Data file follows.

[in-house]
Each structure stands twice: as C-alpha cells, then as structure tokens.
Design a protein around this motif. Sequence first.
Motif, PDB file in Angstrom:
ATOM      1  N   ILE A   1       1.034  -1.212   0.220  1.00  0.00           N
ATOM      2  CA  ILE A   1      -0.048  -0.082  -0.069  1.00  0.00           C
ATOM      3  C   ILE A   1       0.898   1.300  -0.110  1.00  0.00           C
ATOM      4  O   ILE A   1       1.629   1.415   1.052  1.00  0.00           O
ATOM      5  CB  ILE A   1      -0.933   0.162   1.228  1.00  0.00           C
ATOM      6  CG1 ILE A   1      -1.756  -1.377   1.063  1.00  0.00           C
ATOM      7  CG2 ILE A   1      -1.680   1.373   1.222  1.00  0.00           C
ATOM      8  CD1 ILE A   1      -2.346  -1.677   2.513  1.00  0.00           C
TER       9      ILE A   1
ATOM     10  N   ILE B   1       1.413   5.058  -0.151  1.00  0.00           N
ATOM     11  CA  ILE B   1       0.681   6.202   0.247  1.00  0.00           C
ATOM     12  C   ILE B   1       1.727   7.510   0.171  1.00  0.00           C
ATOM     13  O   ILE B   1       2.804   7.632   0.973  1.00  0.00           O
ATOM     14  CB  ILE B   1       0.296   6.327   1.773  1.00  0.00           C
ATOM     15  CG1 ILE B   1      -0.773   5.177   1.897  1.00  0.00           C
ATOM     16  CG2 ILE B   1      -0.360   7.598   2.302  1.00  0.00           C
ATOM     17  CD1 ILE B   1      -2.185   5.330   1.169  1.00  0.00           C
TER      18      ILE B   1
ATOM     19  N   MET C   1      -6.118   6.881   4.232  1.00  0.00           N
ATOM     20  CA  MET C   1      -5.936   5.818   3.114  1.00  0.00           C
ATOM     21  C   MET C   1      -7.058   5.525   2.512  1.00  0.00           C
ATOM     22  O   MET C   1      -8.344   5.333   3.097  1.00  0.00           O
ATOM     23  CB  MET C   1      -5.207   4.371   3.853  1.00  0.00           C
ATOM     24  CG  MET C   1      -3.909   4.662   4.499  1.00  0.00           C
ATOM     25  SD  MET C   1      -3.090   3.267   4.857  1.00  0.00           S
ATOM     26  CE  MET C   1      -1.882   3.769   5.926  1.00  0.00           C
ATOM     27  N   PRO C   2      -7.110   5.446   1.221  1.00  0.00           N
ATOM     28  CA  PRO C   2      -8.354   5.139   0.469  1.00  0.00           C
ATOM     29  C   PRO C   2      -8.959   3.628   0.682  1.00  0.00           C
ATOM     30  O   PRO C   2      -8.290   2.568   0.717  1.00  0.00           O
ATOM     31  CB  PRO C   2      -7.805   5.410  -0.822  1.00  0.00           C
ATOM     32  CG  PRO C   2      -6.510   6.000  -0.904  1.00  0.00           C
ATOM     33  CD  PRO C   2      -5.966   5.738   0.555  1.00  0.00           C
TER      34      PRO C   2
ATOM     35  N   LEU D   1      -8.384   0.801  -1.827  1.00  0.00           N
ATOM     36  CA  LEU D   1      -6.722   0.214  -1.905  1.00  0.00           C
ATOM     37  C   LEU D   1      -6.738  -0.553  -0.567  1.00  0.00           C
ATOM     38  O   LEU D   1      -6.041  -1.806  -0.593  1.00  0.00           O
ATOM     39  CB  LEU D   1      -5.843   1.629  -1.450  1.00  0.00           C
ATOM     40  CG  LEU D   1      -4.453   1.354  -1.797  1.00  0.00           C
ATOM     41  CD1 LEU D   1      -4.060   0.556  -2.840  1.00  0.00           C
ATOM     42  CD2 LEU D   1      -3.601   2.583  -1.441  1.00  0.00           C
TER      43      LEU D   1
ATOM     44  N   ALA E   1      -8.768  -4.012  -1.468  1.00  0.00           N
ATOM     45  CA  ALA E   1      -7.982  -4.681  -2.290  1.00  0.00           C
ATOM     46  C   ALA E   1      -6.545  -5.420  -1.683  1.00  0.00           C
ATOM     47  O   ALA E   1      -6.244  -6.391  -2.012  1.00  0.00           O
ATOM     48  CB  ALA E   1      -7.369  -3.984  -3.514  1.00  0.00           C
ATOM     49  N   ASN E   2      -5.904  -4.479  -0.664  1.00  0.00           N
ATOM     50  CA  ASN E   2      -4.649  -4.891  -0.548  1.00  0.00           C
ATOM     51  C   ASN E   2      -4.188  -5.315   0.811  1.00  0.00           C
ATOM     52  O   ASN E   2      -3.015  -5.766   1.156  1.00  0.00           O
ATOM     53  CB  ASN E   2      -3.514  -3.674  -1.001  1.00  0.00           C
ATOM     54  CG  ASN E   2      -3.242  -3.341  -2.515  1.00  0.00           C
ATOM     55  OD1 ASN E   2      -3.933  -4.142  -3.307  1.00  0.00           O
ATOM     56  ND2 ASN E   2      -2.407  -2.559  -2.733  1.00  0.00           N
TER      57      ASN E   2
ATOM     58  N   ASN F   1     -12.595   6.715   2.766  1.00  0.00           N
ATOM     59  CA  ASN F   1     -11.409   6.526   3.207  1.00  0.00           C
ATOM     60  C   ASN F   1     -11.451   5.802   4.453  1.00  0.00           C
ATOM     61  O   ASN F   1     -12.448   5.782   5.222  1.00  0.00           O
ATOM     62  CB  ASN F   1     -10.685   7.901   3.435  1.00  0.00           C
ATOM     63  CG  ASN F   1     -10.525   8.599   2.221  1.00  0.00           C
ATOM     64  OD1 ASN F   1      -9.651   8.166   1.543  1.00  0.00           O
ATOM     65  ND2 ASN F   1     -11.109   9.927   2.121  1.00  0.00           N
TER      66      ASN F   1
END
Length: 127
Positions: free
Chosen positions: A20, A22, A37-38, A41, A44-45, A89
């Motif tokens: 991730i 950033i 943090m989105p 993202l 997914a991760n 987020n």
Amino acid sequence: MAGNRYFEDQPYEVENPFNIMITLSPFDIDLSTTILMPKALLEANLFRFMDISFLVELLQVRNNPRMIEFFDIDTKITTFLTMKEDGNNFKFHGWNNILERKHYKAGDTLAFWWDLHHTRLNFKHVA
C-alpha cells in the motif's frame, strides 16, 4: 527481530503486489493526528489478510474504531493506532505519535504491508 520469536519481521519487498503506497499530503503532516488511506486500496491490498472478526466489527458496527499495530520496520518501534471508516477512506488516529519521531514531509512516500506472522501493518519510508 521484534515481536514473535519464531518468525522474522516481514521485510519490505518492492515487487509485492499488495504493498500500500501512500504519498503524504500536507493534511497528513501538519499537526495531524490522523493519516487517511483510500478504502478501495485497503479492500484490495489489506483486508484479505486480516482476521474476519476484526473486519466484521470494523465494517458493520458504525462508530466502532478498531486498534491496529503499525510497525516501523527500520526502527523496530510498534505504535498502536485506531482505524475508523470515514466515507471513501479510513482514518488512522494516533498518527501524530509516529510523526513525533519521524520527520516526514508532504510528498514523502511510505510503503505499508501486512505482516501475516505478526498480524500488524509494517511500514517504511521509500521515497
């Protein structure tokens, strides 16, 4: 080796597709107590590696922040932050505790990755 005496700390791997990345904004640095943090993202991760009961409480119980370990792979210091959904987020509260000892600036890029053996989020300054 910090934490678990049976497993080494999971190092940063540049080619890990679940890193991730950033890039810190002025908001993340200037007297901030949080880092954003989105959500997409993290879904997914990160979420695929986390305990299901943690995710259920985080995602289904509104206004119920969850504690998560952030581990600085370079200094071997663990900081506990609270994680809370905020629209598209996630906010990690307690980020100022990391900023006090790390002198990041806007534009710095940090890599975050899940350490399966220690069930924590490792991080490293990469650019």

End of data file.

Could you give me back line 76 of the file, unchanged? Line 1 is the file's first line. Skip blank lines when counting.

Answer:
Amino acid sequence: MAGNRYFEDQPYEVENPFNIMITLSPFDIDLSTTILMPKALLEANLFRFMDISFLVELLQVRNNPRMIEFFDIDTKITTFLTMKEDGNNFKFHGWNNILERKHYKAGDTLAFWWDLHHTRLNFKHVA